BISPHAM, William (d.1408), of Leicester.

Published in The History of Parliament: the House of Commons 1386-1421, ed. J.S. Roskell, L. Clark, C. Rawcliffe., 1993
Available from Boydell and Brewer

Constituency

Dates

Family and Education

m. c.1405, Elizabeth (d.c.1415), da. and h. of Sir John Waleys (d.1363) of Swithland, wid. of Sir John Walcote (d.c.1404) of Walcote. s.p.

Offices Held

Duchy of Lancaster feodary in Northants. by Jan. 1387-aft. Mich. 1395, Leics. and Warws. 1399-d. 1

Duchy bailiff, Leicester 1391-1403.2

Dep. steward, duchy honour of Leicester 1392-3, 1401-2, in Daventry 1401.3

Dep. receiver, Leicester 1401-2.

Collector, Northants., Leics., Warws. of the aid for the marriage of Blanche, the King’s daughter 1401-2.4

Commr. to repair Leicester castle July 1402; of array, Leics. July 1403; inquiry Oct. 1405 (wastes); to raise forces against the Welsh rebels Mar. 1406.

Escheator, Warws. and Leics. 1 June-1 Dec. 1405.

Biography

A Lancastrian careerist, Bispham is first recorded in 1387 when already the duchy feodary in Northamptonshire. He was to serve as bailiff of Leicester by John of Gaunt’s appointment from 1391, if not earlier, until 1403, throughout that period being resident in the borough, where he witnessed some 50 and more transactions. In 1397 he stood surety for the attendance of Thomas Wakefield at the January Parliament. Meanwhile, in 1392-3 and probably at other times, he had acted as deputy to Sir Thomas Walsh*, steward of the honour of Leicester. Service to Duke John earned him as reward an annuity of £5 for life.5

During the crisis of 1399, Bispham appears to have at first remained at Leicester, but to have joined Henry of Bolingbroke with a body of supporters later, perhaps when the duke passed through the town in mid July. He was back in Leicester on 5 Sept. but went to London, again with his men, to serve in the first Parliament of the new reign. During the session he was granted a second annuity of 1s. a day for life, and shortly afterwards he was made duchy of Lancaster feodary in Warwickshire and Leicestershire, which office he held until his death. It was doubtless in this capacty that he attended the Leicestershire parliamentary election in 1407.6 Bispham continued as bailiff of Leicester, as well as serving as deputy to the then steward of Leicester ( Sir Thomas Rempston I*), to the receiver of that honour and to the steward of the manor of Daventry. By the end of April 1402 his dependable service had earned him promotion as ‘King’s esquire’, and thereafter he was appointed to several royal commissions. For six months he also discharged the office of escheator of Warwickshire and Leicestershire.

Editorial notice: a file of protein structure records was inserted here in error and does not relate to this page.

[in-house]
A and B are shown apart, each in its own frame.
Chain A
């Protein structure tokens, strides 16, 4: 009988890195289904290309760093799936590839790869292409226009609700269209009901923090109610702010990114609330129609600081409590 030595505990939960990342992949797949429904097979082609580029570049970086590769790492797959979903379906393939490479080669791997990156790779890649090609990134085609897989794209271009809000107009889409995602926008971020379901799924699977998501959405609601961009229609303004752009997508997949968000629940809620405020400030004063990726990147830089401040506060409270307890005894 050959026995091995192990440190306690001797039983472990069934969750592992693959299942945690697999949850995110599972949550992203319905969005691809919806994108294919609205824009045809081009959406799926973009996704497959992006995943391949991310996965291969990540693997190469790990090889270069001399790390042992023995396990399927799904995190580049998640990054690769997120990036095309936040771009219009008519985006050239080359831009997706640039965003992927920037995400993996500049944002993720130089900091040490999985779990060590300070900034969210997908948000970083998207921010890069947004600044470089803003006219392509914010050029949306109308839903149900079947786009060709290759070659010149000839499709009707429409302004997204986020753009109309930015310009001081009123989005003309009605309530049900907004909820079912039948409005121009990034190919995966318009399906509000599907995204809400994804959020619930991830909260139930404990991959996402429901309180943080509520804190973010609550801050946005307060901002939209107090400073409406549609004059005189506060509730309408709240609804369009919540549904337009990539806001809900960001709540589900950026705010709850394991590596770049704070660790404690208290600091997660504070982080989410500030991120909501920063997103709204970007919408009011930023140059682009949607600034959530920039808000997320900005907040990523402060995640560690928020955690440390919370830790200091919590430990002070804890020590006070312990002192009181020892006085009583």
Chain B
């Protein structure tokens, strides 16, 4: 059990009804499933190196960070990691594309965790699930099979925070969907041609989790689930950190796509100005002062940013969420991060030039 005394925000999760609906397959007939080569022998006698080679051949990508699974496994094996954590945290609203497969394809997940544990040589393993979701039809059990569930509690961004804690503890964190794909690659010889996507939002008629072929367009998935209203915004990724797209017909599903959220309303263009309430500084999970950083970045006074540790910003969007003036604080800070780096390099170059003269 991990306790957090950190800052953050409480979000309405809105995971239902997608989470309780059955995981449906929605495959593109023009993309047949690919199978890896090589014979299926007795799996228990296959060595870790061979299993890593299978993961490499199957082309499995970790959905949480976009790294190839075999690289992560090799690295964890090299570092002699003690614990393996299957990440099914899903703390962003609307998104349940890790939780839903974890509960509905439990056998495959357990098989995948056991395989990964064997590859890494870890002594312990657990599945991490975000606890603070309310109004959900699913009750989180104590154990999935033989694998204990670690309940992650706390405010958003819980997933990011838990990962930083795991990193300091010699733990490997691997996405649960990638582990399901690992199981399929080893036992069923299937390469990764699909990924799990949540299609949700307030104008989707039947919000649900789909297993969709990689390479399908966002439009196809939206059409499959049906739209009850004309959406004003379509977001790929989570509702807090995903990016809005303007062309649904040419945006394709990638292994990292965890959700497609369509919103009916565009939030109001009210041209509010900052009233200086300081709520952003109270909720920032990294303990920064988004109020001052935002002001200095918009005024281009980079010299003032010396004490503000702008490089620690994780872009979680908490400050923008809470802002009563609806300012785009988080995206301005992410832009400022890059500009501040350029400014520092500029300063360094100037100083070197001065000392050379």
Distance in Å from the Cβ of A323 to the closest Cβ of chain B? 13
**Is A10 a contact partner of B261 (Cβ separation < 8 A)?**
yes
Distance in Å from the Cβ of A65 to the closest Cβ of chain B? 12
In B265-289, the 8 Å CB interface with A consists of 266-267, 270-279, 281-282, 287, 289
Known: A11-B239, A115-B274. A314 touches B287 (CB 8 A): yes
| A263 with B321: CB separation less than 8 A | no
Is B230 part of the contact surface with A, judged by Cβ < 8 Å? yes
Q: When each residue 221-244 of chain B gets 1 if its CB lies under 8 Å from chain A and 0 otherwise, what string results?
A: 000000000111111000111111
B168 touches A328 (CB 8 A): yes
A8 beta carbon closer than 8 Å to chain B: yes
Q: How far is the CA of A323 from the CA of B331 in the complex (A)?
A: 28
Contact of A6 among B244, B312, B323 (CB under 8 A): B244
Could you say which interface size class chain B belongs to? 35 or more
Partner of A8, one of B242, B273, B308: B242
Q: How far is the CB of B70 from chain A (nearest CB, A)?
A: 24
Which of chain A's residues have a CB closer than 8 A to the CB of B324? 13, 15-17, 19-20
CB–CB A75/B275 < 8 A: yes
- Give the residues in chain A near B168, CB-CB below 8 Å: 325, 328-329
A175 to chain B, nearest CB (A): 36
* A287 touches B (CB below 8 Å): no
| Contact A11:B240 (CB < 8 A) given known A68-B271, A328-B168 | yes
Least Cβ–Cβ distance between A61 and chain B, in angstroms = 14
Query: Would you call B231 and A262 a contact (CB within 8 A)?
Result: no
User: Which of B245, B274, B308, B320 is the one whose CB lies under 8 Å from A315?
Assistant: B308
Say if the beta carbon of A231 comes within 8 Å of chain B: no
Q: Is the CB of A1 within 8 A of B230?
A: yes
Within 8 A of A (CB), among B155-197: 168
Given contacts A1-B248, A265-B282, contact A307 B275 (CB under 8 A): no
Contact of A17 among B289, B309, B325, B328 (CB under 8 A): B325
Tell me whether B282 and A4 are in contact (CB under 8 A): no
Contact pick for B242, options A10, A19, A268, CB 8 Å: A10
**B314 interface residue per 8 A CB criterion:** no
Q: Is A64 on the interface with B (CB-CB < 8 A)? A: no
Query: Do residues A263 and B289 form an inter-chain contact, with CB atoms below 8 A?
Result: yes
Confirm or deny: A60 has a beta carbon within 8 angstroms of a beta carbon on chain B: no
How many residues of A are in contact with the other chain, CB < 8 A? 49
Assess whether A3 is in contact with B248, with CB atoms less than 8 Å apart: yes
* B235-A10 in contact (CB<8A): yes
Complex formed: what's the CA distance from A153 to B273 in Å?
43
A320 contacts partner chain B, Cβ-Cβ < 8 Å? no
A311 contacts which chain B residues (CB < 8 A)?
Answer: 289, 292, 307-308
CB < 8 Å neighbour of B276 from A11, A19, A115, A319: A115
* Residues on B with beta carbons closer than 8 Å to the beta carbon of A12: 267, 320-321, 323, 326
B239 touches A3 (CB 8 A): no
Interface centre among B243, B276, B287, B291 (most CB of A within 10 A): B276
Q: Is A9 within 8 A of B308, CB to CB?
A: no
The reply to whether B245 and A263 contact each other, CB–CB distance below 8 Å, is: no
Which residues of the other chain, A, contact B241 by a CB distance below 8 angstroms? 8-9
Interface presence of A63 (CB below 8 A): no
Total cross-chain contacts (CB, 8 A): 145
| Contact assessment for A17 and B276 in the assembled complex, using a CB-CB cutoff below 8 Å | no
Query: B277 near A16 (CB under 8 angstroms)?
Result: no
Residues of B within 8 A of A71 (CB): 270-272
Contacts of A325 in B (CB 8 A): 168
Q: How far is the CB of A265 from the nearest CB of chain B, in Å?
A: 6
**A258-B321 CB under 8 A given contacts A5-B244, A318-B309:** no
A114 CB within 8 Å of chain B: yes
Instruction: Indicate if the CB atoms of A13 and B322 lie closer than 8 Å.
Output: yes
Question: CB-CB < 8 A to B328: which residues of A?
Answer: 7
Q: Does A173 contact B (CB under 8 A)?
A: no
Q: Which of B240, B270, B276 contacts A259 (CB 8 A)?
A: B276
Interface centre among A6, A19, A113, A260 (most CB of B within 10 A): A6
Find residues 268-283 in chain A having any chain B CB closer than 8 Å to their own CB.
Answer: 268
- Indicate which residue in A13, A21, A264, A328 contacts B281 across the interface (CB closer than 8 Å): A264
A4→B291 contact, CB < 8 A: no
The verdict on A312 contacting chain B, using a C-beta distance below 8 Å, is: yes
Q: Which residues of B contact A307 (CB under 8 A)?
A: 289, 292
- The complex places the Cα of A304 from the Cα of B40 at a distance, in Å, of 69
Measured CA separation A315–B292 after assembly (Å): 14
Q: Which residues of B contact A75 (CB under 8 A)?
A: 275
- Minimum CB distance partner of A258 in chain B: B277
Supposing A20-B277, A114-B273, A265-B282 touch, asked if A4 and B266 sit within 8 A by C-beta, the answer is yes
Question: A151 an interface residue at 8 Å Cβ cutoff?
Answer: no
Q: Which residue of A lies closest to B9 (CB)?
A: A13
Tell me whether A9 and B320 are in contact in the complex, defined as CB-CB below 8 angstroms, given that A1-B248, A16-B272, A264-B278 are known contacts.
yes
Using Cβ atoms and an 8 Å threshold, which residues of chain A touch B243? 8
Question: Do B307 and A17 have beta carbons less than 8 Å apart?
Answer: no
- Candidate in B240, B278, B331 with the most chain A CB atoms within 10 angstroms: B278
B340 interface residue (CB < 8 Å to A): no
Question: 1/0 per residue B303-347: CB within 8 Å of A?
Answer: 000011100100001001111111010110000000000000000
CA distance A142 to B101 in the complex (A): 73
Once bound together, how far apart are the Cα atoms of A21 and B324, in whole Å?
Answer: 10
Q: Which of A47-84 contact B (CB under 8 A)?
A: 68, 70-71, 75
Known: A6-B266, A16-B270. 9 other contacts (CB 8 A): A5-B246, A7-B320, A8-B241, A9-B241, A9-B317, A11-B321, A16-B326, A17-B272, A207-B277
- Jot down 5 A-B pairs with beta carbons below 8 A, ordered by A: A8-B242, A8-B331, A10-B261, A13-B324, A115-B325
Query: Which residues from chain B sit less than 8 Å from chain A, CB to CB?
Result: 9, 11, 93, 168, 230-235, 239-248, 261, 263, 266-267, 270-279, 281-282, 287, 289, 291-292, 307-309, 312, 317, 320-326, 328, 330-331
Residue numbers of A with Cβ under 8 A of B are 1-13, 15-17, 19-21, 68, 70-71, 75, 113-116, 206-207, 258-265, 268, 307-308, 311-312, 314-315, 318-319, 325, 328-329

Having become a person of some consequence by virtue of his official position, in about 1405 Bispham entered the ranks of the local gentry through his marriage to Elizabeth, daughter and by then only heir of Sir John Waleys of Swithland, an estate ten miles north of Leicester. In her right he held not only the manor of Swithland but also property in Dalby-on-the-Wolds, Barrow-upon-Soar and Mountsorrel, elsewhere in Leicestershire, and the manor of Thrumpton in Nottinghamshire. While he was married to her, Elizabeth revived her claim to the manor of Dalby, which her father had exchanged for Thrumpton with the prior of the Hospital of St. John of Jerusalem; but despite his impressive connexions he was unsuccessful. In 1406 Bispham placed his wife’s holdings in the hands of trustees, namely John Leventhorpe*, the receiver-general of the duchy of Lancaster, and three other Lancastria